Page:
My friend Omar is doing his project on First Lady Eleanor Roosevelt, but he’s struggling to identify historical sources. Watch the following video and listen as Omar tells us a little bit more about Eleanor Roosevelt.
Let’s take a minute to help Omar examine his sources. If you get stuck, you might want to review the definitions of primary and secondary sources again.
A primary source is an original document or object created by someone who was living during the same time period that you are studying. Primary sources help to capture a moment in time (including the thoughts, words and feelings) from the past.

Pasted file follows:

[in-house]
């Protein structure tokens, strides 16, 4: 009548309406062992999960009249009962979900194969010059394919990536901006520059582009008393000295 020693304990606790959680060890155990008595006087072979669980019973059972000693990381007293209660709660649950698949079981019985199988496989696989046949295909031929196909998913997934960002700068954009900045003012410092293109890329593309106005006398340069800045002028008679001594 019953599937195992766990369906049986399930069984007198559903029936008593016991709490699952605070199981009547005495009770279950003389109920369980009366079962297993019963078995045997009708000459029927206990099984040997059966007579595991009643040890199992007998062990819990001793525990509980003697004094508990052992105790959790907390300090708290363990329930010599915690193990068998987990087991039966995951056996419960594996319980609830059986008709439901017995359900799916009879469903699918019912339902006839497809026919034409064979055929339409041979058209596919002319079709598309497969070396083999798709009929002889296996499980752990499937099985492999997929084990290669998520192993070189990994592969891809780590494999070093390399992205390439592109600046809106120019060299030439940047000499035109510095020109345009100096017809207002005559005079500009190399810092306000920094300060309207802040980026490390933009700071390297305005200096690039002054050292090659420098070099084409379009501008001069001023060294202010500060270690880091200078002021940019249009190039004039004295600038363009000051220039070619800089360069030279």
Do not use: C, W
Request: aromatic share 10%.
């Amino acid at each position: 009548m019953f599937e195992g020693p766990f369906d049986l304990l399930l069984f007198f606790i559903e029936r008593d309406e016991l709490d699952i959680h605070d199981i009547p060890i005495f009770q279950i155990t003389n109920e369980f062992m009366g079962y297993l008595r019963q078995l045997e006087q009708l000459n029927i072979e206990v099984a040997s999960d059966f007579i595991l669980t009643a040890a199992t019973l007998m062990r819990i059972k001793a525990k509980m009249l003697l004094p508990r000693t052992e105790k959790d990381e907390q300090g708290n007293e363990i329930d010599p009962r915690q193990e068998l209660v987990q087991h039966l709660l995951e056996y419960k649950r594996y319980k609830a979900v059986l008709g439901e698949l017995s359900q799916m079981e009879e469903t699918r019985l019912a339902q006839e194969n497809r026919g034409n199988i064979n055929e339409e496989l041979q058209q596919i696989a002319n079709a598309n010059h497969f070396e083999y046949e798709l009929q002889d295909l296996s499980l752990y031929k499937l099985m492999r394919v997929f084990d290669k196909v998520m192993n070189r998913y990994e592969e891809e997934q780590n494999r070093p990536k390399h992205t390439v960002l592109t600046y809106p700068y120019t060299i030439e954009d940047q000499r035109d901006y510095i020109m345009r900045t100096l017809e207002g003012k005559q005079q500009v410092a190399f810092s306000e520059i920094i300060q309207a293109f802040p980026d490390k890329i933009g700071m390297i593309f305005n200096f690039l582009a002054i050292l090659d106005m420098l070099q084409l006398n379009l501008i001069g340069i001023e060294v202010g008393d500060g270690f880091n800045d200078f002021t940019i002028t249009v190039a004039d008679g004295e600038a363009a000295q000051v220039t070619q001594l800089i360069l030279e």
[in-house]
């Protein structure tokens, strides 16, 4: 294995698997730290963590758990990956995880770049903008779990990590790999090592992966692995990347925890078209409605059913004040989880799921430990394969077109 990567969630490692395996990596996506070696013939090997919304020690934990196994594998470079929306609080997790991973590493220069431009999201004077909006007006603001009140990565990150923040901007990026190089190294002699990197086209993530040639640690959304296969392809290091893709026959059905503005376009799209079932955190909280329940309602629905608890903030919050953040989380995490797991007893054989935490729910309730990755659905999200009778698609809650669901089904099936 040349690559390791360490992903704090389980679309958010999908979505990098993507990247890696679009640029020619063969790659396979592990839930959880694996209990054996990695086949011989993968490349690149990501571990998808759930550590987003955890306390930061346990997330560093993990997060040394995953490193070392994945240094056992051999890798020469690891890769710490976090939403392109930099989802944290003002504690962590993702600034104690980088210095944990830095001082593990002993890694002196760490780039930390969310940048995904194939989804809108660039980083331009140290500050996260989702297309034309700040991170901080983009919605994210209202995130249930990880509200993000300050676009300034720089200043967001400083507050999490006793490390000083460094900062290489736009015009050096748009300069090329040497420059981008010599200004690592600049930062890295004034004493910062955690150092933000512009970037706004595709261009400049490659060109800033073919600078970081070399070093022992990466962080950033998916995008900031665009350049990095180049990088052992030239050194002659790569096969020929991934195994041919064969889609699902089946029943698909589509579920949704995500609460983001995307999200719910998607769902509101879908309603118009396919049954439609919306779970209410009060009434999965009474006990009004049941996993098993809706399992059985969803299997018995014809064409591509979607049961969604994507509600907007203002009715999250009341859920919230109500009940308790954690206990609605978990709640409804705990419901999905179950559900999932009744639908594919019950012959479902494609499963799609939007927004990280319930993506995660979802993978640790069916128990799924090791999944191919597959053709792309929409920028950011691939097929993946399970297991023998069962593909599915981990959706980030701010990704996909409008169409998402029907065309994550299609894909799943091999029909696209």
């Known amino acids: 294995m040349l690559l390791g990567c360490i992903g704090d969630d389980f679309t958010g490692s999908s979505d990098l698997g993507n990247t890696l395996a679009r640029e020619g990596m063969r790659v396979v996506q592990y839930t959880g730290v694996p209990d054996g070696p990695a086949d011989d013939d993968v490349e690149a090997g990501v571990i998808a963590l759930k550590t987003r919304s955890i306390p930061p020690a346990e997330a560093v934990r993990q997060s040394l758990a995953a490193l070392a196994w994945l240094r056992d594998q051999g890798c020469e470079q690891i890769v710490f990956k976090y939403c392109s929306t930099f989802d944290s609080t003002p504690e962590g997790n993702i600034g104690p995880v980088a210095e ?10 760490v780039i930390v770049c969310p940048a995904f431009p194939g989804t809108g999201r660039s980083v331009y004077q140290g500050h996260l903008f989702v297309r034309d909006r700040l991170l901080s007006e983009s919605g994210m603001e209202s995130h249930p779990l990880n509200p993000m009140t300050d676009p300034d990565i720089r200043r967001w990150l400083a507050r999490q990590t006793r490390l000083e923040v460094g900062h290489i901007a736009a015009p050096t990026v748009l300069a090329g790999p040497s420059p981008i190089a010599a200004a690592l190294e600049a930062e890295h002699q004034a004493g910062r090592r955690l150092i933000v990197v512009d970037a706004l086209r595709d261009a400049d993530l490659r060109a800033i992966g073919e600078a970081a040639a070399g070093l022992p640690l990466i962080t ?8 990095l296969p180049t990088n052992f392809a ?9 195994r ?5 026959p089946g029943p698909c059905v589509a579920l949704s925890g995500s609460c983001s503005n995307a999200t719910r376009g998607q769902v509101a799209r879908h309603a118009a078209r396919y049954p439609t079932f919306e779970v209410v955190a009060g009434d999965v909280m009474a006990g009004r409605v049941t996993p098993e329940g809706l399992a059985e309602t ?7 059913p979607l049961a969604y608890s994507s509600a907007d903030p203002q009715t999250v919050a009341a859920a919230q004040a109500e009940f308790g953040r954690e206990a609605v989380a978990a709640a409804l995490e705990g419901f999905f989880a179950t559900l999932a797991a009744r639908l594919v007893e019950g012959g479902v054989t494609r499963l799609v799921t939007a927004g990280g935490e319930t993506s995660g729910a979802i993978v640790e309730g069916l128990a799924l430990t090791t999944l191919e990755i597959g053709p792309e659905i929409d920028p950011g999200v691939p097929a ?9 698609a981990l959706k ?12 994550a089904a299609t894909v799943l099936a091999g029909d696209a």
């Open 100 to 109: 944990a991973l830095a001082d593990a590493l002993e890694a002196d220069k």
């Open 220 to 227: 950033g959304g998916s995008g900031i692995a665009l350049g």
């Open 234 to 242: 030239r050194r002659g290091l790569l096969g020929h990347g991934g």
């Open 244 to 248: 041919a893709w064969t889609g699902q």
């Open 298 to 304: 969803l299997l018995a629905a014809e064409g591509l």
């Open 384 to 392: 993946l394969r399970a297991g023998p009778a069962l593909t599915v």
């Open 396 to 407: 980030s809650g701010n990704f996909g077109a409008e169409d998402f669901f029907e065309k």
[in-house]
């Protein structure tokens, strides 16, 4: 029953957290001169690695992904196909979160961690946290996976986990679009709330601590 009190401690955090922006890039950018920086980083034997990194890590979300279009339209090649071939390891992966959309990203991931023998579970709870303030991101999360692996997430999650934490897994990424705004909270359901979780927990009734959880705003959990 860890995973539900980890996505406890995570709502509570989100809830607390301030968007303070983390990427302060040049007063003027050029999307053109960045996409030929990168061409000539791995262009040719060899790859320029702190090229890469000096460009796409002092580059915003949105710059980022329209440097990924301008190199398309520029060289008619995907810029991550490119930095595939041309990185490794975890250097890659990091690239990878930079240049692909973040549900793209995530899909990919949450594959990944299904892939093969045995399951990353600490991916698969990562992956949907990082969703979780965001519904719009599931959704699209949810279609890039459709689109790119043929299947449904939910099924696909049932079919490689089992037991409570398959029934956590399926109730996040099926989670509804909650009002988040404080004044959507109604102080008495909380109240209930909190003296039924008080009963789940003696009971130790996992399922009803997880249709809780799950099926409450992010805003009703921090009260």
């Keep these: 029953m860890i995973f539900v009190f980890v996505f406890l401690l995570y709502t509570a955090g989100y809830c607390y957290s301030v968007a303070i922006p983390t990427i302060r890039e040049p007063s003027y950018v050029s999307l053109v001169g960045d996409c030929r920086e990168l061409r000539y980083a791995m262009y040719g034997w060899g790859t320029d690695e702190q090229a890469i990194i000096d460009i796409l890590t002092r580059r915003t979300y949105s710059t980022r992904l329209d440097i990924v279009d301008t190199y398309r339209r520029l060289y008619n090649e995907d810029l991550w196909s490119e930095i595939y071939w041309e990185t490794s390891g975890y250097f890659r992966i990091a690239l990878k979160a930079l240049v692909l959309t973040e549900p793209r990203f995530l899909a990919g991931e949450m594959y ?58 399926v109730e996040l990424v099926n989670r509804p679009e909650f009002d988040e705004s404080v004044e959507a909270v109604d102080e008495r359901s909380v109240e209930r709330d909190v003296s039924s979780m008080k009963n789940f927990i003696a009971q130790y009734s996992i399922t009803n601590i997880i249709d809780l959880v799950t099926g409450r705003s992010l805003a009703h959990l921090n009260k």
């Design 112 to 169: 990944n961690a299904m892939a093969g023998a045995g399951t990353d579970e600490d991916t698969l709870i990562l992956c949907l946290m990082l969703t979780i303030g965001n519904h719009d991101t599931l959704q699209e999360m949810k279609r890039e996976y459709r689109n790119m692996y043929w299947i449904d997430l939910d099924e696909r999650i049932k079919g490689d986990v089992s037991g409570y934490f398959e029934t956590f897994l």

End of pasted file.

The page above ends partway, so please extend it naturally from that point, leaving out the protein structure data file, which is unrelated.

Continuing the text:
A secondary source is a secondhand account created by someone who did not participate in the historical period you are studying.
Can you separate these into primary and secondary sources? Complete the drag-and-drop activity below by deciding what kind of source each item is.
What makes the primary sources different from the secondary sources?
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The primary source items, including a book, letter, and speech, were all created by Eleanor Roosevelt when she was alive. There’s also a photograph that was taken of her when she was living.
The secondary source items include books and media that were created by someone else after Eleanor Roosevelt’s death and provide information about her life.